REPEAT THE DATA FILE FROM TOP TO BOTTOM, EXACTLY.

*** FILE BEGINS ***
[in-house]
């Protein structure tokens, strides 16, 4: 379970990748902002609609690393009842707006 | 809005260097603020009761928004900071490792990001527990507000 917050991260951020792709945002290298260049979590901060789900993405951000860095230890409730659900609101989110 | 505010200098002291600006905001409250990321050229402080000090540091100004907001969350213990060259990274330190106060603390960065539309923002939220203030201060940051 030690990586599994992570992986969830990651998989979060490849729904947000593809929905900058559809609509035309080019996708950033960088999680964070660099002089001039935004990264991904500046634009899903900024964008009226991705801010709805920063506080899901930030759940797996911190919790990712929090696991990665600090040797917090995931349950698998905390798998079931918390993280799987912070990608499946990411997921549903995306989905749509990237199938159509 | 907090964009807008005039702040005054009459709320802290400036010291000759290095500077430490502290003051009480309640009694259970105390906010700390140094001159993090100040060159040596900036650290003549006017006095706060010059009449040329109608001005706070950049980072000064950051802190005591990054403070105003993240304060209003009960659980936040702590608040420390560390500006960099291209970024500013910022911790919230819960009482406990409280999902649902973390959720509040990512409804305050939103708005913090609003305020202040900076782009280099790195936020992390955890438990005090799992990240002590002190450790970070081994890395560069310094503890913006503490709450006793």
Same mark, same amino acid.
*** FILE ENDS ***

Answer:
[in-house]
């Protein structure tokens, strides 16, 4: 379970990748902002609609690393009842707006 | 809005260097603020009761928004900071490792990001527990507000 917050991260951020792709945002290298260049979590901060789900993405951000860095230890409730659900609101989110 | 505010200098002291600006905001409250990321050229402080000090540091100004907001969350213990060259990274330190106060603390960065539309923002939220203030201060940051 030690990586599994992570992986969830990651998989979060490849729904947000593809929905900058559809609509035309080019996708950033960088999680964070660099002089001039935004990264991904500046634009899903900024964008009226991705801010709805920063506080899901930030759940797996911190919790990712929090696991990665600090040797917090995931349950698998905390798998079931918390993280799987912070990608499946990411997921549903995306989905749509990237199938159509 | 907090964009807008005039702040005054009459709320802290400036010291000759290095500077430490502290003051009480309640009694259970105390906010700390140094001159993090100040060159040596900036650290003549006017006095706060010059009449040329109608001005706070950049980072000064950051802190005591990054403070105003993240304060209003009960659980936040702590608040420390560390500006960099291209970024500013910022911790919230819960009482406990409280999902649902973390959720509040990512409804305050939103708005913090609003305020202040900076782009280099790195936020992390955890438990005090799992990240002590002190450790970070081994890395560069310094503890913006503490709450006793």
Same mark, same amino acid.